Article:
A group of 12 elite English, Spanish and Italian clubs dramatically split European soccer on Sunday by announcing the formation of a largely-closed Super League.
The clubs are leaving the existing UEFA-run Champions League structure despite warnings they could be kicked out of their domestic competitions and face legal action.
The seismic move to shake up the world’s biggest sport is partly engineered by the American owners of Arsenal, Liverpool and Manchester United who also run U.S. franchises in closed leagues — a model they are trying to replicate in Europe.
The power-play came after the rebel clubs reneged on a promise on Friday to back the plan by UEFA — European football’s governing body — to expand the Champions League beginning in 2024. The deal was designed to appease their wishes for more games, seemingly because they couldn’t control the sale of rights to the existing competition.
The Super League plan was first leaked in January, but re-emerged this weekend.
Real Madrid president Florentino Perez would be the founding chairman of the Super League, which said it “intended to commence as soon as practicable” as a 20-team competition playing in midweek like the current Champions League and Europa League.
The competition would begin with two groups of 10 teams, with the top three from each group advancing to the quarterfinals. The teams finishing fourth and fifth would be involved in a playoff to complete the last-eight lineup. The knockout phase would still feature two-legged quarterfinals and semifinals before a single fixture final.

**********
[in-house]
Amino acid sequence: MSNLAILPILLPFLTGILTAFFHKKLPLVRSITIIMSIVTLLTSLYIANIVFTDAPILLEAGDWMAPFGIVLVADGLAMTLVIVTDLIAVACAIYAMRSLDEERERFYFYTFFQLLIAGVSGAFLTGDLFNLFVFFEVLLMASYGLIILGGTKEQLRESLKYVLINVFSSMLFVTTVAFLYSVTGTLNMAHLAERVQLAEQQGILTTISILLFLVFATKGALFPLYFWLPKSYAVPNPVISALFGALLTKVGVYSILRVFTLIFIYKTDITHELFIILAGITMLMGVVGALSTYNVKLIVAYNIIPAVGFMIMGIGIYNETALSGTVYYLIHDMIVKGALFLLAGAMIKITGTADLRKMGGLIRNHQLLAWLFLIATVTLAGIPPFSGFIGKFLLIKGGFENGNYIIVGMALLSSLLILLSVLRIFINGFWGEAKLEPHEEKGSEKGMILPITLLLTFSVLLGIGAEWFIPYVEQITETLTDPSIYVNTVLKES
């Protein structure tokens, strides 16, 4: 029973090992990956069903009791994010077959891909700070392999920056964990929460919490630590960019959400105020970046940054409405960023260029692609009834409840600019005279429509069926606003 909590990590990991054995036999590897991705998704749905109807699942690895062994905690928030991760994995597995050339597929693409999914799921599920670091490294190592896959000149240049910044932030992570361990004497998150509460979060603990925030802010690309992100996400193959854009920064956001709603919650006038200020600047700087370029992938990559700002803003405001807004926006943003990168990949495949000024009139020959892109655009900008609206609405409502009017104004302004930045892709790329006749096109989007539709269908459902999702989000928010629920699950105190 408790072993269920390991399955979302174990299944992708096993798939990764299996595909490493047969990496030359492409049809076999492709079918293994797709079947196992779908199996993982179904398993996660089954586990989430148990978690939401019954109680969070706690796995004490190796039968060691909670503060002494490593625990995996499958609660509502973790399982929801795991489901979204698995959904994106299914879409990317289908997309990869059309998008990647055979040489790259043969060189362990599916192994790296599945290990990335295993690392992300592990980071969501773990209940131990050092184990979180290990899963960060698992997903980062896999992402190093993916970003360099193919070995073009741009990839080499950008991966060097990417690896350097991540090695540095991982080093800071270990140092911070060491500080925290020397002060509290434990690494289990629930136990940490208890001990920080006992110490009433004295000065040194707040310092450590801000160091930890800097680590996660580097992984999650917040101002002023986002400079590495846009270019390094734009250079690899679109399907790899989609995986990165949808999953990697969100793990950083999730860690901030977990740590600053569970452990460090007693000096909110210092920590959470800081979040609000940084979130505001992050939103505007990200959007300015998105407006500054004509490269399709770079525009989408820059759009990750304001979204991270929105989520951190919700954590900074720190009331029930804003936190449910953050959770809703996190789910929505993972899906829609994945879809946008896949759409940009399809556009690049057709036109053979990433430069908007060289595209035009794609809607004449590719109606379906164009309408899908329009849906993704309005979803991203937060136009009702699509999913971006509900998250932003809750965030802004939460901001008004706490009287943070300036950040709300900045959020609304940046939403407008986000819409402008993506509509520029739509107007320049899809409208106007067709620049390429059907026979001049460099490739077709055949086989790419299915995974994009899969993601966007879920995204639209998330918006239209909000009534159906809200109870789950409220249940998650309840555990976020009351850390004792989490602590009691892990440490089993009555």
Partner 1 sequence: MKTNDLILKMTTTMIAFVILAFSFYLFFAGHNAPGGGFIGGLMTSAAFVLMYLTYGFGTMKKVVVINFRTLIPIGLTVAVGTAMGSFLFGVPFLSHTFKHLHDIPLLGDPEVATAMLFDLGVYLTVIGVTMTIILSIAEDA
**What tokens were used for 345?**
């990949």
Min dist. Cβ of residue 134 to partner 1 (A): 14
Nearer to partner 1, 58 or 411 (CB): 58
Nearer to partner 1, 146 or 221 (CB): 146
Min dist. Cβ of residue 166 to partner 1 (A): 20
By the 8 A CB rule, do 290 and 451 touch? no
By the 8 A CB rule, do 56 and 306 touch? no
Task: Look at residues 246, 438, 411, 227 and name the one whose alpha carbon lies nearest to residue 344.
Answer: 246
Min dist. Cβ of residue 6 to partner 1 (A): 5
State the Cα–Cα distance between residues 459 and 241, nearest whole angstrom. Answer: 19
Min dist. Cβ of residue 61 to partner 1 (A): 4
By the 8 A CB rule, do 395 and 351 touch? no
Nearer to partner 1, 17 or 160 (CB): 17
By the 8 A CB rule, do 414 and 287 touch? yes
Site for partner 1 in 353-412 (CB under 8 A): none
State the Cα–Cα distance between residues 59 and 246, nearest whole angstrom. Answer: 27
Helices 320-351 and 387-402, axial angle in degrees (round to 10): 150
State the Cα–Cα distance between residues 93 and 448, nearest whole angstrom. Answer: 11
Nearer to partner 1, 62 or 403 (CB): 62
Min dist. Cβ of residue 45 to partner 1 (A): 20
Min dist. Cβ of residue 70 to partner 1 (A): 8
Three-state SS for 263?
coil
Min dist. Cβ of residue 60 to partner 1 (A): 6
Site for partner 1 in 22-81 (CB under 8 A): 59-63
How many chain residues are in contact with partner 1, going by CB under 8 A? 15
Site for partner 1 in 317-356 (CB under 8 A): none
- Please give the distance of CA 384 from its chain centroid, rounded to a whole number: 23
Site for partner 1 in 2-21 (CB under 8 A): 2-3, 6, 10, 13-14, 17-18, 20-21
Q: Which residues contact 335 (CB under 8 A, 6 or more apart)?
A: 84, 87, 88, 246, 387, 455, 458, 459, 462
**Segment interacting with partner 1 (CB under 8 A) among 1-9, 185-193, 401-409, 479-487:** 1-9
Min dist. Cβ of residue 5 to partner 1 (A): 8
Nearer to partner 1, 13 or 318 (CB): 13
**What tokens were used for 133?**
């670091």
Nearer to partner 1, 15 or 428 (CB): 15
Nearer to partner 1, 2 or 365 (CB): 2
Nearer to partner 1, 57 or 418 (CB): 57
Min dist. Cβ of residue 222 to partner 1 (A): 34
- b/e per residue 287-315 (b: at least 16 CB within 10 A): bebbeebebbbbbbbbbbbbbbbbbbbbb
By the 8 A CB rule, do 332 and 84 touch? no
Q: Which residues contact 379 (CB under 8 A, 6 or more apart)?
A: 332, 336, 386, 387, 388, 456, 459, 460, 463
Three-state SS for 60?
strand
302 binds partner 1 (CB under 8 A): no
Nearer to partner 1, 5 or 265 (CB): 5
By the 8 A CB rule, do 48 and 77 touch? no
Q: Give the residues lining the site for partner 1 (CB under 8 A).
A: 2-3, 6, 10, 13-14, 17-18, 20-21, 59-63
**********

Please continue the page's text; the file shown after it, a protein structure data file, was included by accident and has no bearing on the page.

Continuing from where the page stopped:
“We will help football at every level and take it to its rightful place in the world,” Perez said in a statement. “Football is the only global sport in the world with more than four billion fans and our responsibility as big clubs is to respond to their desires.”
No evidence was presented that supporters want a Super League.
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“By bringing together the world’s greatest clubs and players to play each other throughout the season, the Super League will open a new chapter for European football, ensuring world-class competition and facilities, and increased financial support for the wider football pyramid,” said Joel Glazer, co-owner of Manchester United and SL vice chairman.
Only 12 clubs have signed up for now — with none from France or Germany — but the Super League hopes for three more as permanent members. Five slots would be left open to be determined each year based on the previous season’s results.
UEFA warned clubs that joining the “cynical project” based on self-interest would see them banned from playing in any other competition — domestic, European or global. It said their players could be denied the opportunity to represent their national teams.
“FIFA can only express its disapproval to a ‘closed European breakaway league’ outside of the international football structures,” the world body said in a statement on Sunday.
The Premier League said the Super League would “undermine the appeal of the whole game” by going against the principles of open competition.
There was even an intervention by British Prime Minister Boris Johnson, who warned that a Super League would be “very damaging.”
Plans for a European Super League would be very damaging for football and we support football authorities in taking action.
They would strike at the heart of the domestic game, and will concern fans across the country. (1/2)
— Boris Johnson (@BorisJohnson) April 18, 2021